Picking the perfect tax pro for your filing (and more) needs
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Open a bank account to get your tax refund sooner

United States National Bank-1_pexels-brett-sayles-7447655
Photo by Brett Sayles

Tax refunds are one of the main ways the Internal Revenue Service uses to encourage more of us taxpayers to go digital.

For years, the IRS has said that if you e-file your tax return and include bank information, your refund can be directly deposited in less than 21 days.  

There are, of course, a few caveats connected to this promise of a three-week refund turnaround.

First, your return must not have any iffy entries that prompt Uncle Sam's tax collector to take a closer look, and possibly send out follow-up communications.

Second, there isn't a mandated hold on your refund. That's the case with early-filed returns that include Earned Income Tax Credit and/or Additional Child Tax Credit claims. The IRS is legally prohibited from sending out refunds in these cases until Feb. 15.

Third, you have a financial account into which the IRS can electronically deposit your refund amount.

That third part is the problem for some taxpayers.

Millions of under- and unbanked: In 2021, more than 24 million households don't have or don't regularly use financial institution accounts, according to the latest annual Federal Deposit Insurance Company (FDIC) national survey of the under- and unbanked.

The unbanked, as the term indicates, are those who don't have a savings or checking account. They accounted for nearly 6 million households in the FDIC report. The underbanked, another 18.7 million households, have a checking or savings account, but tend to turn to alternative financial services.

Many of these bank-absent individuals turn to pawn shops, payday lenders, private sector check cashing operations, and the like for their money needs and transactions.

Bank expenses add up, too: Even though the substitute financial outlets tend to be predatory, charging often exorbitant fees, many prefer them to banks. There's no major commitment and few documentation requirements.

Plus, traditional financial institutions are also costly. Even though banks and other standard money handlers have your money, you end up paying in myriad ways for them to hold it.

Most banks require minimum balances. Miss it, and you'll get hit with a charge. Overdrawing your account will trigger another fee, which could be more than the amount you came up short. If you want to use an ATM unaffiliated with your bank, you'll pay for that, too.

Credit unions tend to offer more favorable account terms, but they aren't as readily available to many.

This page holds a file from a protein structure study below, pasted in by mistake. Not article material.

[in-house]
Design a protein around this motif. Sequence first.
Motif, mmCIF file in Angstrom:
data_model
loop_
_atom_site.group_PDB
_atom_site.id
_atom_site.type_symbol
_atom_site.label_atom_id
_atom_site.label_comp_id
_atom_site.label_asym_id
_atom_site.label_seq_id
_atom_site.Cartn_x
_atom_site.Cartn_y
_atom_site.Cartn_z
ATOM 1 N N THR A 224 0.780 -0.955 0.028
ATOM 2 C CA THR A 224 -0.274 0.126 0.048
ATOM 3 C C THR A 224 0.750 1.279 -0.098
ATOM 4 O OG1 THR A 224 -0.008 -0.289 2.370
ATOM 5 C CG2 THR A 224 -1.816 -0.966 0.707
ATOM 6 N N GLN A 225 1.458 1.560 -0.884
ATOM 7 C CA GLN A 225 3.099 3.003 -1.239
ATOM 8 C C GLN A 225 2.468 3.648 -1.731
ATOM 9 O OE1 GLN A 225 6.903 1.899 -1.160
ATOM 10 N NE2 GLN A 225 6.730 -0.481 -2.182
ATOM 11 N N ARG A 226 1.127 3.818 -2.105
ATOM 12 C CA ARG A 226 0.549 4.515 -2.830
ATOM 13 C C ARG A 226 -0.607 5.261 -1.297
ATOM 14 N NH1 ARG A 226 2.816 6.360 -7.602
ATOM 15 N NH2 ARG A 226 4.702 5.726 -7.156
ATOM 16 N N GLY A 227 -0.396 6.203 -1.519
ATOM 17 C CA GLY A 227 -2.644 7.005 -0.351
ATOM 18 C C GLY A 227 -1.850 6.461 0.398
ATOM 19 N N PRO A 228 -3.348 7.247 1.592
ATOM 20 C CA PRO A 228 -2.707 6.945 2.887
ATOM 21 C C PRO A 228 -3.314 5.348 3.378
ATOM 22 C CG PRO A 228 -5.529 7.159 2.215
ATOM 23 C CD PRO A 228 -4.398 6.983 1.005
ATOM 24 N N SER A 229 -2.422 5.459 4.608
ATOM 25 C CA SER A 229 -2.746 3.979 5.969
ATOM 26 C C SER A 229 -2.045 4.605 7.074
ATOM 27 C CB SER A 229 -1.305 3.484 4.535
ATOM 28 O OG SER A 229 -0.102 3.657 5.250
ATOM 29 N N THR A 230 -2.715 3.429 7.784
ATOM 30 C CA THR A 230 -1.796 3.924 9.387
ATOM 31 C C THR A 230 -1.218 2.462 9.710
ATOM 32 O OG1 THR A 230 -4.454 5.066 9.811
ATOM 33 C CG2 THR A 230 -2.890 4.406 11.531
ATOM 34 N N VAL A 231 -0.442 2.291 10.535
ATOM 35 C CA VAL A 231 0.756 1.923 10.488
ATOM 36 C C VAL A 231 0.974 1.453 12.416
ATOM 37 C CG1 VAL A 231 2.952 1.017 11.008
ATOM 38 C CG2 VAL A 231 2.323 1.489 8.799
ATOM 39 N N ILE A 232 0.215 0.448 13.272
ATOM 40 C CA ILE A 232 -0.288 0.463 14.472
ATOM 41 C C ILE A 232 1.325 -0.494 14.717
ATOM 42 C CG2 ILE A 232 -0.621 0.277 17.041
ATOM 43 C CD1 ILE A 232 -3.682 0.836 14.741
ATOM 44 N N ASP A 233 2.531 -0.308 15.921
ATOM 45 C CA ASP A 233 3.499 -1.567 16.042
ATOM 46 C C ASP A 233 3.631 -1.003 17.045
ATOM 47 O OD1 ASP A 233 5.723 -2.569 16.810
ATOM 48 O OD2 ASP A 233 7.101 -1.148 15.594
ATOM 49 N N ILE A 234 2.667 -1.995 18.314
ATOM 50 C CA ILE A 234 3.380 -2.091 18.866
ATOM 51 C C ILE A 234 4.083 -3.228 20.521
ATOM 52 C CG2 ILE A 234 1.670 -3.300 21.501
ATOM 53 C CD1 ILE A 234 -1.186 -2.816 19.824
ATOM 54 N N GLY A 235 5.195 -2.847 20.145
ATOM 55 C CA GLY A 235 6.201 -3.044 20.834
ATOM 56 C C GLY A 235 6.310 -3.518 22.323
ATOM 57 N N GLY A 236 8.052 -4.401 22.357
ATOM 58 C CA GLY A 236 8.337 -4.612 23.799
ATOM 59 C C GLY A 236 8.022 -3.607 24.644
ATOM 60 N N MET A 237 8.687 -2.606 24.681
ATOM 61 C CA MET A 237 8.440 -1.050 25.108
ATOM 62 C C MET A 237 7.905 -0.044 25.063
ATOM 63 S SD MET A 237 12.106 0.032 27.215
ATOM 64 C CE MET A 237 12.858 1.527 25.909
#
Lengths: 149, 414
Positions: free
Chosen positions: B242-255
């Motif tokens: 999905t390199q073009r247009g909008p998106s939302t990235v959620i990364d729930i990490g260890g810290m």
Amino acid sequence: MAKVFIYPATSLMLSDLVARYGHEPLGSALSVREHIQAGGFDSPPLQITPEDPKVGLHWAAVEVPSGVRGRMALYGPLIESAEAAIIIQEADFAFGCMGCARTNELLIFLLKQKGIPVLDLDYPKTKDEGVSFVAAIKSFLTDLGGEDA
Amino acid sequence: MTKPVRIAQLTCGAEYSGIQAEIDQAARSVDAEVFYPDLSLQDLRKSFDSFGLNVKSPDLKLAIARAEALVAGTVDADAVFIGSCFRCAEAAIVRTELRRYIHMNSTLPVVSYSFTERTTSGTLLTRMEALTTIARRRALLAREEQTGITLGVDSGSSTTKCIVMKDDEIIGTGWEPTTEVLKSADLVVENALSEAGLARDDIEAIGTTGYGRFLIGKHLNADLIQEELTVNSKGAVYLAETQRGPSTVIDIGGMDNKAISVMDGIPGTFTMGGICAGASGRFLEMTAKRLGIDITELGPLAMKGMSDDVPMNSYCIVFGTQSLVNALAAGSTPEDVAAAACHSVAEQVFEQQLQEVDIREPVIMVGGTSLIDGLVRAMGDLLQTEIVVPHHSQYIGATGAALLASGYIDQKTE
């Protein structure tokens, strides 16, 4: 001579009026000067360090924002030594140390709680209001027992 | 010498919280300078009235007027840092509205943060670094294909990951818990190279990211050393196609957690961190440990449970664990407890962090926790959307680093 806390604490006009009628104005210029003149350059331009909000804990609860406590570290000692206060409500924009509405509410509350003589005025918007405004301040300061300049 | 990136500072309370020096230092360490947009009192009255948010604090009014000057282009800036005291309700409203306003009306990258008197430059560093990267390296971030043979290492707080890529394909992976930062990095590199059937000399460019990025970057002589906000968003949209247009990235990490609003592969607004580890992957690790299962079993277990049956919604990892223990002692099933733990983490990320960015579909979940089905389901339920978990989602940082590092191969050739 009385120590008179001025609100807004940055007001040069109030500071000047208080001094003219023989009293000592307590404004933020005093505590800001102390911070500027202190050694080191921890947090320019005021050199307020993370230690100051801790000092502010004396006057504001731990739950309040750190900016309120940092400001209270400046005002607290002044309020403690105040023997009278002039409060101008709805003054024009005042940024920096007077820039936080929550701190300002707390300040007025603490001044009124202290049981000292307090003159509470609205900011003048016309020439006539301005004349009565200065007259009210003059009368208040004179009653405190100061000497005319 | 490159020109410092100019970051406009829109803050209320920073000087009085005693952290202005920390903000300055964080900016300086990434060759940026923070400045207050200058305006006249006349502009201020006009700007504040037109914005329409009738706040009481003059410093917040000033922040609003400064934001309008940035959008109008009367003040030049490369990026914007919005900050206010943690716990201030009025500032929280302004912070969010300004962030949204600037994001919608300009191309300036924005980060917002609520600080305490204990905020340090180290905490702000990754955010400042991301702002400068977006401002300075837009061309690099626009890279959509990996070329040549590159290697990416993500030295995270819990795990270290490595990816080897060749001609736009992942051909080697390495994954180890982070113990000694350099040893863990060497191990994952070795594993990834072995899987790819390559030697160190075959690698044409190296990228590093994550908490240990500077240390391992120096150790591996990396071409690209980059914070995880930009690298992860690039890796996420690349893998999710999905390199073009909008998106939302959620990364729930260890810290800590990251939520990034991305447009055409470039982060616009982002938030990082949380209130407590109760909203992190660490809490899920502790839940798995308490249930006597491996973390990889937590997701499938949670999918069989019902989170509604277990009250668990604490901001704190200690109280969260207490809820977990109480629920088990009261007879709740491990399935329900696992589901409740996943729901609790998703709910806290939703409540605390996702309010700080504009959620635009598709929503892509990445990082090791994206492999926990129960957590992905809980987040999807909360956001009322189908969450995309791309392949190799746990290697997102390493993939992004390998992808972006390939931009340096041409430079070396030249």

Options for unbanked: Still, there are some options if you want a bank account for, if nothing else, getting quicker access to your tax refund.

The FDIC's Get Banked program offers an online guide to opening an account at one of its insured banks.

FDIC Get Banked banner

The FDIC suggests you review this checklist before using its online search tool BankFind. You also can check out the lists of banks that offer accounts that can be opened online from:

If you prefer a credit union, the National Credit Union Administration website has its own credit union locator tool. You can search for a credit union by address or name, then pick one (or more) from the results to view more information.

The info will include the credit union's charter number. Plug that into the Credit Union Locator's companion Research a Credit Union online tool for more specifics on that branch.

If you're a military veteran, check out the Veterans Benefits Banking Program (VBBP). This partnership between the U.S. Department of Veterans Affairs (VA) Veterans Benefits Administration (VBA) and Association of Military Banks of America (AMBA) helps veterans and their families find account options at participating banks and credit unions.

And if you're all in on mobile, some financial apps and prepaid debit cards allow for direct deposit of tax refunds. They must have routing and account numbers associated with them that can be entered on a tax return. Check with the mobile app provider or financial institution to confirm which numbers to use.

Whichever account route you choose, set it up before your file. That way all you have to do is enter the account and routing information on your Form 1040 and wait for your refund to be deposited, usually much sooner than snail mailed U.S. Treasury checks.

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